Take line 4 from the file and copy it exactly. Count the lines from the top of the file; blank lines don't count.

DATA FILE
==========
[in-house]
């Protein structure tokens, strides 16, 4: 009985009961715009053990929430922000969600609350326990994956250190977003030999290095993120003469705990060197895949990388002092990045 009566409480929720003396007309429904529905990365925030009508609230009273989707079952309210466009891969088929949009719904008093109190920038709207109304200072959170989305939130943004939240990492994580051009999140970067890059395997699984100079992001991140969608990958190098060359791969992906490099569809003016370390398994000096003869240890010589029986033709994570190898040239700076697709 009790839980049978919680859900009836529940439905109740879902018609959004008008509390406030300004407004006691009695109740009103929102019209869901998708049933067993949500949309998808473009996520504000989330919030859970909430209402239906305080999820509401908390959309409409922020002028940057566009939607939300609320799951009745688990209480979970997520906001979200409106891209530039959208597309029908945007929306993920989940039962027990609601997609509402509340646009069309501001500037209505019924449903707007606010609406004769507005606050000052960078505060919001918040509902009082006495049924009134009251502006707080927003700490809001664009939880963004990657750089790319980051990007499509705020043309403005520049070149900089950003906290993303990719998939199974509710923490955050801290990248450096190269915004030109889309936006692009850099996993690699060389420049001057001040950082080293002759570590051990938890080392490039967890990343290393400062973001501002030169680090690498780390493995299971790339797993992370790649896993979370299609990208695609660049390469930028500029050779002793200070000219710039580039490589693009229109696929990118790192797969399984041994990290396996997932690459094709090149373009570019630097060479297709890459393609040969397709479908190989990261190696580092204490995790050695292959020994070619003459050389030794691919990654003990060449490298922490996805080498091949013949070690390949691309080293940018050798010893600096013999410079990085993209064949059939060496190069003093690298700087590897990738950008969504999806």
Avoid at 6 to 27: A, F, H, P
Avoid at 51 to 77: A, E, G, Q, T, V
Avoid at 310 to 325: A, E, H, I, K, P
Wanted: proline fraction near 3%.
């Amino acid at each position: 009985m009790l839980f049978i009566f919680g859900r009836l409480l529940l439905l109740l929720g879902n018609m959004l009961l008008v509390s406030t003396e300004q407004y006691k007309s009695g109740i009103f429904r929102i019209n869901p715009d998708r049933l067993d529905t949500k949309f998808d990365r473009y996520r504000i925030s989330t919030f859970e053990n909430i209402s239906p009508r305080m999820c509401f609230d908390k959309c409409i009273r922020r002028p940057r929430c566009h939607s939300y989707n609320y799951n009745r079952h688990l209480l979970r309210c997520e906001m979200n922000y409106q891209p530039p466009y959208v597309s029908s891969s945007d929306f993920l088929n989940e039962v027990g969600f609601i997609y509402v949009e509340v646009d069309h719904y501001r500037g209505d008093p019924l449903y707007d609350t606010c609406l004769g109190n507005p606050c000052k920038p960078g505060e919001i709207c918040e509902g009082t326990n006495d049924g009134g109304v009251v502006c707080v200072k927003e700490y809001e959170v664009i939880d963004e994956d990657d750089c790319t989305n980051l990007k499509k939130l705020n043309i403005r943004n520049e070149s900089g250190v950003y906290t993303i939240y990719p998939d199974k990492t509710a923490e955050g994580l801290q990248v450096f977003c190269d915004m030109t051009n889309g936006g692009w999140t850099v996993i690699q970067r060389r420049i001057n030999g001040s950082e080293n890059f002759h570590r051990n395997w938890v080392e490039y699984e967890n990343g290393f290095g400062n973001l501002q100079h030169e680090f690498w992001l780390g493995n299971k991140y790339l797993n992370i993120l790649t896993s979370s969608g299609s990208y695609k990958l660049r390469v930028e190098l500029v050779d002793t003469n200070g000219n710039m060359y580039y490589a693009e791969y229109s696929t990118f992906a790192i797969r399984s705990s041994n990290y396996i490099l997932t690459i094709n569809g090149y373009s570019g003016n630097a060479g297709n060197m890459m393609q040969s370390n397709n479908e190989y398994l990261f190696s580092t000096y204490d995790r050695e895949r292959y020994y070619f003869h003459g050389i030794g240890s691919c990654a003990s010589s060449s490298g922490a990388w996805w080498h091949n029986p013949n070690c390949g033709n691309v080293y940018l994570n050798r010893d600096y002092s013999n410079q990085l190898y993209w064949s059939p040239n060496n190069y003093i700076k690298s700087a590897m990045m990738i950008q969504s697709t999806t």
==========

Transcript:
Avoid at 51 to 77: A, E, G, Q, T, V